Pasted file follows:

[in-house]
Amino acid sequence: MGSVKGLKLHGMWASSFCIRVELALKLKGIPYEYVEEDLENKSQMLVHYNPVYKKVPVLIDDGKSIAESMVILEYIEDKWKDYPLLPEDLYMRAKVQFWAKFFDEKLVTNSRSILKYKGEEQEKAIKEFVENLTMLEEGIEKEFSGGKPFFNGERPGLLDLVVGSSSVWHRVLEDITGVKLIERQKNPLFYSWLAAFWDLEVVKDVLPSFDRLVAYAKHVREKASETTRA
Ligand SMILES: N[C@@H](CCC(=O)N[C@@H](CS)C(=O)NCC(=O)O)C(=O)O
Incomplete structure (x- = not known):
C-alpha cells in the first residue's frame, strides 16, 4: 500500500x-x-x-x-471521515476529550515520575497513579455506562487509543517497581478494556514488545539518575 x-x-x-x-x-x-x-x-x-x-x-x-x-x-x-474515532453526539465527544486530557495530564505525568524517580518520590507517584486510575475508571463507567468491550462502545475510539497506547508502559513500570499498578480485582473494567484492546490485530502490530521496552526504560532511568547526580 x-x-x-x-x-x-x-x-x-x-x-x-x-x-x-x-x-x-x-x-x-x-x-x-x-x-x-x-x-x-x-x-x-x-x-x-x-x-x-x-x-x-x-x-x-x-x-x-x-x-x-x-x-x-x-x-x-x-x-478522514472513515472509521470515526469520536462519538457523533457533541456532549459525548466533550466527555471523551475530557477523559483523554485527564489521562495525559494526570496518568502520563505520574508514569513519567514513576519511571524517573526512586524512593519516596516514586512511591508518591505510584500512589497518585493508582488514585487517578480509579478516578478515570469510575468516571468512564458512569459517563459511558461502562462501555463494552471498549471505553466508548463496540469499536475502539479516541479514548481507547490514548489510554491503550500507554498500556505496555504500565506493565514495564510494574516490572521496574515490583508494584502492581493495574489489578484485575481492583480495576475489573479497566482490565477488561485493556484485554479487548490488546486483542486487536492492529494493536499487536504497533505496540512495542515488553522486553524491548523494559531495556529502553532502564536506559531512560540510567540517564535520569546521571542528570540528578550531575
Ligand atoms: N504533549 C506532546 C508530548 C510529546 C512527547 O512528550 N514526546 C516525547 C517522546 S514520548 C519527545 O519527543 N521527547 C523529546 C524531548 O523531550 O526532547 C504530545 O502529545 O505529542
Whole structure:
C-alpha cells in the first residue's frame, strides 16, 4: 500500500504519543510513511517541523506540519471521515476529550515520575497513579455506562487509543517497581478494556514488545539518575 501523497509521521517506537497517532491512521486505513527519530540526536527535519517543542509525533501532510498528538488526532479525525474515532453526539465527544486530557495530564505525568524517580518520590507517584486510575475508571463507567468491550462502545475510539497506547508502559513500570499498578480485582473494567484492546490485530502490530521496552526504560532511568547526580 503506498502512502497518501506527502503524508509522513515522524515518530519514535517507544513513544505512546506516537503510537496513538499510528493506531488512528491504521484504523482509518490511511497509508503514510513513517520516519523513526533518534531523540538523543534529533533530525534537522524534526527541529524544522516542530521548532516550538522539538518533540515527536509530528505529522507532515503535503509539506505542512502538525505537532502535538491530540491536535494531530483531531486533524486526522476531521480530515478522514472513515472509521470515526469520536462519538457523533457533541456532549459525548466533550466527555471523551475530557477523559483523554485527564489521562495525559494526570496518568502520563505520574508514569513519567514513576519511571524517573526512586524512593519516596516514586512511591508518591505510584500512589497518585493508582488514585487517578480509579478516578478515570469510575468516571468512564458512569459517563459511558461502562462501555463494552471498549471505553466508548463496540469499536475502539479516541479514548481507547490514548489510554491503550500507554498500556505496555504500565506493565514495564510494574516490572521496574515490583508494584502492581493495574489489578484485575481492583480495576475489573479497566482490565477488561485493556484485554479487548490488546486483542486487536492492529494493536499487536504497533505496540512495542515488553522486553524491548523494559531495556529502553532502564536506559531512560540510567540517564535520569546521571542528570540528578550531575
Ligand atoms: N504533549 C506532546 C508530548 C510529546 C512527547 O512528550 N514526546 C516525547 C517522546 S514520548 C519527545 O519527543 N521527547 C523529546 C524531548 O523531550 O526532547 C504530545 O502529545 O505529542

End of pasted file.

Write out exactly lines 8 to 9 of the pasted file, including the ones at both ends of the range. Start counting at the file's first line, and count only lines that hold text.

C-alpha cells in the first residue's frame, strides 16, 4: 500500500504519543510513511517541523506540519471521515476529550515520575497513579455506562487509543517497581478494556514488545539518575 501523497509521521517506537497517532491512521486505513527519530540526536527535519517543542509525533501532510498528538488526532479525525474515532453526539465527544486530557495530564505525568524517580518520590507517584486510575475508571463507567468491550462502545475510539497506547508502559513500570499498578480485582473494567484492546490485530502490530521496552526504560532511568547526580 503506498502512502497518501506527502503524508509522513515522524515518530519514535517507544513513544505512546506516537503510537496513538499510528493506531488512528491504521484504523482509518490511511497509508503514510513513517520516519523513526533518534531523540538523543534529533533530525534537522524534526527541529524544522516542530521548532516550538522539538518533540515527536509530528505529522507532515503535503509539506505542512502538525505537532502535538491530540491536535494531530483531531486533524486526522476531521480530515478522514472513515472509521470515526469520536462519538457523533457533541456532549459525548466533550466527555471523551475530557477523559483523554485527564489521562495525559494526570496518568502520563505520574508514569513519567514513576519511571524517573526512586524512593519516596516514586512511591508518591505510584500512589497518585493508582488514585487517578480509579478516578478515570469510575468516571468512564458512569459517563459511558461502562462501555463494552471498549471505553466508548463496540469499536475502539479516541479514548481507547490514548489510554491503550500507554498500556505496555504500565506493565514495564510494574516490572521496574515490583508494584502492581493495574489489578484485575481492583480495576475489573479497566482490565477488561485493556484485554479487548490488546486483542486487536492492529494493536499487536504497533505496540512495542515488553522486553524491548523494559531495556529502553532502564536506559531512560540510567540517564535520569546521571542528570540528578550531575
Ligand atoms: N504533549 C506532546 C508530548 C510529546 C512527547 O512528550 N514526546 C516525547 C517522546 S514520548 C519527545 O519527543 N521527547 C523529546 C524531548 O523531550 O526532547 C504530545 O502529545 O505529542